Accept online payments/set up an online store: On some builders like SITE123 and Strikingly, you can create an online store on the free plan, and sell one or two items, but to sell any more you have to upgrade. On some you can create a store, but you must be on a paid plan to actually accept payments through your website, (like Wix). Others won’t let you create a store at all unless you’re paying, such as Weebly. So it varies, but one thing remains the same: in order to have a successful and scalable online store you will need to upgrade to a paid plan sooner or later. Once you’re on a paid plan you can unlock features such as connecting different payment types, (for example PayPal, credit/debit cards etc), get rid of transaction fees, track and manage your inventory, and more!
Don’t forget – we guarantee that you will need to re-design your website at some point. It can be a big revamp, or just re-designing portion of your website. You will be making a lot of changes to the layout and content as you better understand what your website visitors are looking for, and what’s working on your website and what isn’t. Keep this in mind and plan accordingly. We wished someone told us about this back then.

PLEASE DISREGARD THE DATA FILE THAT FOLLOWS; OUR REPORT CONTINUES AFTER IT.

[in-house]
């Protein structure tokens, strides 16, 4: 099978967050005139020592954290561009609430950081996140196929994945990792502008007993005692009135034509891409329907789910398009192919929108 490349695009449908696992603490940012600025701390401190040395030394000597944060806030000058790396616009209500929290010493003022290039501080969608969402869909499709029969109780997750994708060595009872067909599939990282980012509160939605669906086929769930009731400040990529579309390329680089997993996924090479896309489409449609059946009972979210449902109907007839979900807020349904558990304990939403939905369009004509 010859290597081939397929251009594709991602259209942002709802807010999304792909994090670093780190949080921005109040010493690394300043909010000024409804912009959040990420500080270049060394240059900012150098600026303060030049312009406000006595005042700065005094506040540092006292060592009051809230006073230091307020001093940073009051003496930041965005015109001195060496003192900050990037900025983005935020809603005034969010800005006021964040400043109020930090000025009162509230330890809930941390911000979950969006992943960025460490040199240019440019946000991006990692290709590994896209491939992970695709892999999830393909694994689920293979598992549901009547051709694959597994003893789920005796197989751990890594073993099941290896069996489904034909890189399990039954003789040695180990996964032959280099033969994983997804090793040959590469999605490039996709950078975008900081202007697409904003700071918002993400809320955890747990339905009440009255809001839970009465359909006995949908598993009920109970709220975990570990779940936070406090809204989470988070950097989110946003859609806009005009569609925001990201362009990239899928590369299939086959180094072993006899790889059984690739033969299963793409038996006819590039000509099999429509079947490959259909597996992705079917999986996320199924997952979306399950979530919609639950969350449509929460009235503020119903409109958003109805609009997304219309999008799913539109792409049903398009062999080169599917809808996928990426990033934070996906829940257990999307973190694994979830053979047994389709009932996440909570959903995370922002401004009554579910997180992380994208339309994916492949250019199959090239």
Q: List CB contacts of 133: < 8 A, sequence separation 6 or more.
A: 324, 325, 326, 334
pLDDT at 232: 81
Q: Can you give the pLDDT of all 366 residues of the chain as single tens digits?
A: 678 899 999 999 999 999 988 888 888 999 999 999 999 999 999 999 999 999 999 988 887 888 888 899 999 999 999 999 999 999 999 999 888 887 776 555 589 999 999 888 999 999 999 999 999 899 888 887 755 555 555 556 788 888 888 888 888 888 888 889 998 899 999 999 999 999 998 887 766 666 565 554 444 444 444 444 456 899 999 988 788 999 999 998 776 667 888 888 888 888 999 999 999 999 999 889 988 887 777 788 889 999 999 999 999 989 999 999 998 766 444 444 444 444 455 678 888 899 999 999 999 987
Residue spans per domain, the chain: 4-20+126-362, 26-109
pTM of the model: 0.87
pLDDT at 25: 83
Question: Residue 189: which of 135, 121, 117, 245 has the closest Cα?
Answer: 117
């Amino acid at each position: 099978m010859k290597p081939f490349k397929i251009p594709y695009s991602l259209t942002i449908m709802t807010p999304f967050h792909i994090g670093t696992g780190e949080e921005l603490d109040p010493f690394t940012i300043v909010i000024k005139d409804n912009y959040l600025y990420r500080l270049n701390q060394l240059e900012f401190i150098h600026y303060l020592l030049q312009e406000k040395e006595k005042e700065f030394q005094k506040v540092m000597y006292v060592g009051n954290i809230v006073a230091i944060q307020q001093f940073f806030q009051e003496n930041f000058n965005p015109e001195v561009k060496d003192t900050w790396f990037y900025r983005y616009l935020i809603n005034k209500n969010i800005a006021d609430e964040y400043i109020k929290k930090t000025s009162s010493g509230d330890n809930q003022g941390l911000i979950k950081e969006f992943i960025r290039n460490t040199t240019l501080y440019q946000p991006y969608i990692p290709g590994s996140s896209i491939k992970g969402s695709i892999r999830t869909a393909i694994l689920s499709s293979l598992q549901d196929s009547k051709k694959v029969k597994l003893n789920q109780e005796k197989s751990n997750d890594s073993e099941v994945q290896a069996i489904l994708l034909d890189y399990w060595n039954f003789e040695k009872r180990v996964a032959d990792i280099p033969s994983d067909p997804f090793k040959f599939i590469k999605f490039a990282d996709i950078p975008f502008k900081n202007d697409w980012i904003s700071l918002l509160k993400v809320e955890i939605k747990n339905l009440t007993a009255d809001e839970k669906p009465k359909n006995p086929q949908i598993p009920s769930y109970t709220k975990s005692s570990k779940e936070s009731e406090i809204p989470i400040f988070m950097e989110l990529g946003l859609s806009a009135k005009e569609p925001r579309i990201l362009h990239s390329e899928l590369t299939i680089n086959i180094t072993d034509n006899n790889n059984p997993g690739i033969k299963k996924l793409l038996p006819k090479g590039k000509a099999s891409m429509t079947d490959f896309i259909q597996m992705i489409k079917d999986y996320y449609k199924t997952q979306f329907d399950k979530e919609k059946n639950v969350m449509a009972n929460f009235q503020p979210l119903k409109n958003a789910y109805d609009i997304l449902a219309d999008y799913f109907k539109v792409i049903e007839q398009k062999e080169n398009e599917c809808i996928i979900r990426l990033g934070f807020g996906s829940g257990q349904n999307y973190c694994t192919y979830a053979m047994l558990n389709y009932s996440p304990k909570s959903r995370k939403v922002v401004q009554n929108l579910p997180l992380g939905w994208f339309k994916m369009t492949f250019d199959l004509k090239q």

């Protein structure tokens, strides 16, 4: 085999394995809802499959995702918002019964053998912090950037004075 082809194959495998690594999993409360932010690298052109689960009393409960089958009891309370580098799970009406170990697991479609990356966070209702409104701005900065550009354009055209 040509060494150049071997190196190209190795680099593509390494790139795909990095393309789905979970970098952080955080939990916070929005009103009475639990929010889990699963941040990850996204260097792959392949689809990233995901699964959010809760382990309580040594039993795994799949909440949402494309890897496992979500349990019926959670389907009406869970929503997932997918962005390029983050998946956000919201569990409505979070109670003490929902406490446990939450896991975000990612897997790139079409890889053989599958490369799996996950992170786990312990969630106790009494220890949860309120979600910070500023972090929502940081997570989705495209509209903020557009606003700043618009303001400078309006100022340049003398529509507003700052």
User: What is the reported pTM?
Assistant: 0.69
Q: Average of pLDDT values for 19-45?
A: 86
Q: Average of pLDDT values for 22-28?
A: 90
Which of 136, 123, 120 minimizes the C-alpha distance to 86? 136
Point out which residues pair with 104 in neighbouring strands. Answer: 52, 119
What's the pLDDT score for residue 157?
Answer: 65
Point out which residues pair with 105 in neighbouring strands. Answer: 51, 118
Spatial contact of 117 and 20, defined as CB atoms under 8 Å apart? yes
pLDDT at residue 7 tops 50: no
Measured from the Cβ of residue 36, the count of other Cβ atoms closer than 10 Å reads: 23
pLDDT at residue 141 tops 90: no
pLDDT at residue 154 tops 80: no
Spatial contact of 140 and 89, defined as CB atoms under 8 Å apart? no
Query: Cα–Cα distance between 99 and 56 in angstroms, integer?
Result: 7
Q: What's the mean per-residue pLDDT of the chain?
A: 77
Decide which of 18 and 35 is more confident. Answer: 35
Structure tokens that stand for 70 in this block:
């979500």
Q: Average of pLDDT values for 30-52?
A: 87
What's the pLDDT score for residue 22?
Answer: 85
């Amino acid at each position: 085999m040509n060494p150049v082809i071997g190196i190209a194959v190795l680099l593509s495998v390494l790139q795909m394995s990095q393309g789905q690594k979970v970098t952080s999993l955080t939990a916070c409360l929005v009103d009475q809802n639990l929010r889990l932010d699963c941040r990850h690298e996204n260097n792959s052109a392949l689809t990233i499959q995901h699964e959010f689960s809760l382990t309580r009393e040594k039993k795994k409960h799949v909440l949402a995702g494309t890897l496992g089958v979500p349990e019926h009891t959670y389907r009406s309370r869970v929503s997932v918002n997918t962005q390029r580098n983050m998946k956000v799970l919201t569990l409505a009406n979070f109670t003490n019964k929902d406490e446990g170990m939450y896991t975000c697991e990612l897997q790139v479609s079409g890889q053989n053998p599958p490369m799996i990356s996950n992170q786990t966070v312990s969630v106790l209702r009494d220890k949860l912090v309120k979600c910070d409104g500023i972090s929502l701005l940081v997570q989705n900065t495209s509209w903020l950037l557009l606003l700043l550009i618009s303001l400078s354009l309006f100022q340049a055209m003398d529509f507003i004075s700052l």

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WebStarts is everything you need to create and maintain your very own website. Traditionally websites are written in HTML code, that code is stored on a server, and a domain is pointed to it. The process of setting up a traditional website is tedious, technical, and expensive. If you don't know how to code you might hire a web developer. Next, you need to purchase server space. Finally, you need to register a domain. It's a hassle to manage three different bills and three different companies. The whole process is so confusing it leaves a lot of people wondering how to make a website at all.